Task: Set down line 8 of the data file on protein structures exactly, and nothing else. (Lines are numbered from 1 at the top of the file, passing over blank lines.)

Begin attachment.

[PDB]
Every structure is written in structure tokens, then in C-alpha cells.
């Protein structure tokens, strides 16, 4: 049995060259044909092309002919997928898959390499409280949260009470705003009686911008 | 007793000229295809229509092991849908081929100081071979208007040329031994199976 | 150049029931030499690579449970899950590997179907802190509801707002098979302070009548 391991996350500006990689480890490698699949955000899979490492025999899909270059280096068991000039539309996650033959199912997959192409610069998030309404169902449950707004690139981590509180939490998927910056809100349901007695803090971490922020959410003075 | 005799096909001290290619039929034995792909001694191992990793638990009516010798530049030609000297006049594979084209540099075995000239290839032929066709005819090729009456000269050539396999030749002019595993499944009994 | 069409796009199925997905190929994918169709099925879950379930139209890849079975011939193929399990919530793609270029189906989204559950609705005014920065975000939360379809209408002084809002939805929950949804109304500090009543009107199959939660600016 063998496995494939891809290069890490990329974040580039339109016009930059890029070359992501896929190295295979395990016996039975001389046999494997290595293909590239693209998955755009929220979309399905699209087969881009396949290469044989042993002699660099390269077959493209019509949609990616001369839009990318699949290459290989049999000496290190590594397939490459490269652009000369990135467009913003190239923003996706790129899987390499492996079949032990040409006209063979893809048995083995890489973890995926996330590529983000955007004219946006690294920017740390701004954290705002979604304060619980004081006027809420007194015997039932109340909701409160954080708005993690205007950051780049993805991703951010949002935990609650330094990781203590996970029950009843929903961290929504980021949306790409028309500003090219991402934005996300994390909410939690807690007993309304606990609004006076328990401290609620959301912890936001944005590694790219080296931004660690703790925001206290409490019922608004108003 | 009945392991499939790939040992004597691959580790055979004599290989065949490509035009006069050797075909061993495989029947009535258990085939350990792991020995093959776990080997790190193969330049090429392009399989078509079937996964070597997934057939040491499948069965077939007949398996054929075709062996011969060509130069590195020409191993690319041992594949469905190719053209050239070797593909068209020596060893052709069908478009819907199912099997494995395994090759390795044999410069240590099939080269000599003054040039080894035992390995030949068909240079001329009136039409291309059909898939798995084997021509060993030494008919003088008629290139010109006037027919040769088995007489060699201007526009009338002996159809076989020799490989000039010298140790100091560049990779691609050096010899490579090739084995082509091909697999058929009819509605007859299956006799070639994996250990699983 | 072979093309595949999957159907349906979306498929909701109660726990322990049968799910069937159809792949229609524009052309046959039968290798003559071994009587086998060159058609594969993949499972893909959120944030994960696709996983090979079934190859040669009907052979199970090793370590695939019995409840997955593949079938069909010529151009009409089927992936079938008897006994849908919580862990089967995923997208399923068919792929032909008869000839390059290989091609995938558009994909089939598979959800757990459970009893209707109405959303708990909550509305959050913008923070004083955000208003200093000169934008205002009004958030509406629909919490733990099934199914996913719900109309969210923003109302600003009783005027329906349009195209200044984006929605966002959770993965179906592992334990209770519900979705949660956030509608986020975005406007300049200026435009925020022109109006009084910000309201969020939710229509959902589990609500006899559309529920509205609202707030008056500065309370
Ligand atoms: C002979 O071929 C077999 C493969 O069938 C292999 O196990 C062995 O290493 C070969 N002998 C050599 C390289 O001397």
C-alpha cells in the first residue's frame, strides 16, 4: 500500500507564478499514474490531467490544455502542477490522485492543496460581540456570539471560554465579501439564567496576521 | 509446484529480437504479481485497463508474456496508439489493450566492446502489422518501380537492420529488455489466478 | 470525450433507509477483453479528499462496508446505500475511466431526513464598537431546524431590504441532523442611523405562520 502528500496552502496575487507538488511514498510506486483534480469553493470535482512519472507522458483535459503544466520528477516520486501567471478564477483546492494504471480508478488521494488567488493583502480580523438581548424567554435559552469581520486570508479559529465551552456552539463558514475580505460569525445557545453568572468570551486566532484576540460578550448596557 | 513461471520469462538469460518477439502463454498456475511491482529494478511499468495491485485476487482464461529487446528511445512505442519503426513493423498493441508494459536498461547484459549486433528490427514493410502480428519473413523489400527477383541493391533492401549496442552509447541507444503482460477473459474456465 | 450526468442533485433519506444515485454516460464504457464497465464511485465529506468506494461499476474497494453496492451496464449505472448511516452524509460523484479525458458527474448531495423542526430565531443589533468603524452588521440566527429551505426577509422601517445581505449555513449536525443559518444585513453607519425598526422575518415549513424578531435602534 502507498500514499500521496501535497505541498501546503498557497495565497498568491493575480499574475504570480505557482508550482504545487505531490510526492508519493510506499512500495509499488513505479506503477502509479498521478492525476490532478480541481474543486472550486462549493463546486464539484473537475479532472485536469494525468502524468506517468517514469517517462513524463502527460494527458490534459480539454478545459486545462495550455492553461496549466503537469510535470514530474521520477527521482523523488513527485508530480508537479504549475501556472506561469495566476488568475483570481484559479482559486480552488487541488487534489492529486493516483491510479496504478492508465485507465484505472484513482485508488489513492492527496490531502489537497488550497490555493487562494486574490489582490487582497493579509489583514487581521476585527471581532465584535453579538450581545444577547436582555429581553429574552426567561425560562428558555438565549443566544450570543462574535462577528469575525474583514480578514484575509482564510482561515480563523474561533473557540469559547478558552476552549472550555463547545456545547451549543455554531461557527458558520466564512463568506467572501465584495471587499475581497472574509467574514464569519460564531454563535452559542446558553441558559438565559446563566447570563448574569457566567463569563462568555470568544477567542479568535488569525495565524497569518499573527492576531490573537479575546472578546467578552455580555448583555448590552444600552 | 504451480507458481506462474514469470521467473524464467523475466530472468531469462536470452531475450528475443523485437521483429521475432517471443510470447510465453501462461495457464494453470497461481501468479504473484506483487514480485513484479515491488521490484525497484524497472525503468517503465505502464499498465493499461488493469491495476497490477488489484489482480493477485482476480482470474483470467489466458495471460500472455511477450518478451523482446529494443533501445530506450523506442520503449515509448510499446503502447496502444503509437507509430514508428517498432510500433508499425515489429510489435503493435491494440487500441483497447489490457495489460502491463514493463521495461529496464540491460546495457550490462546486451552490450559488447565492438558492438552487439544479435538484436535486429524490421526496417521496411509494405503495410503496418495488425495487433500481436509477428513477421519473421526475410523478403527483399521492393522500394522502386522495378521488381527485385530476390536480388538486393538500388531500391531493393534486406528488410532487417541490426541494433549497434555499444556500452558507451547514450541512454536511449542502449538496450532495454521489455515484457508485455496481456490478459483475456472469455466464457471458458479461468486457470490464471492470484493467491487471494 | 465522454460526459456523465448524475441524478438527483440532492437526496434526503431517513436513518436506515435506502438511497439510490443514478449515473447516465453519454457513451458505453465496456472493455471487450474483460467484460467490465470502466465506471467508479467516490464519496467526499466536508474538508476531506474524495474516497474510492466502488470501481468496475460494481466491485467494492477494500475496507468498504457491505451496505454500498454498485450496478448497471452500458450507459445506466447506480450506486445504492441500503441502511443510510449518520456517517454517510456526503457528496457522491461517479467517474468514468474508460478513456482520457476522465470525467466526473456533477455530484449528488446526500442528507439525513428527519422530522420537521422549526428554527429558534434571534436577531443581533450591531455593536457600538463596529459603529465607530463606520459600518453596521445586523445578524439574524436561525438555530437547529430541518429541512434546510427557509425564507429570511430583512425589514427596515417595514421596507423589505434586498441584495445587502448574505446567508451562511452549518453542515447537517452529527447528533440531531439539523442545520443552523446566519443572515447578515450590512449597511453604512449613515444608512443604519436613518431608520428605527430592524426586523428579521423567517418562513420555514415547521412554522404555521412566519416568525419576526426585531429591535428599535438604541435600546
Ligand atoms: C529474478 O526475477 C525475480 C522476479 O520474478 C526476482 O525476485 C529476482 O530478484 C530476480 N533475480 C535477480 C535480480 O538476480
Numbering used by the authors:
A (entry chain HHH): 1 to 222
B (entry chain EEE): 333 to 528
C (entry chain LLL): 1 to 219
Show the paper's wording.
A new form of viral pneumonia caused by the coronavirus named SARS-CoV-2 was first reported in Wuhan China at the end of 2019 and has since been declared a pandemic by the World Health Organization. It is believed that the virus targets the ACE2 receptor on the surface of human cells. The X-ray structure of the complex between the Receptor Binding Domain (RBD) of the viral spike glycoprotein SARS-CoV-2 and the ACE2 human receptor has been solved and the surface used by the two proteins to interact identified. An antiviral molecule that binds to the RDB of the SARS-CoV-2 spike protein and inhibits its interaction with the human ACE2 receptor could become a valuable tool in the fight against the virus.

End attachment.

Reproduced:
A (entry chain HHH): 1 to 222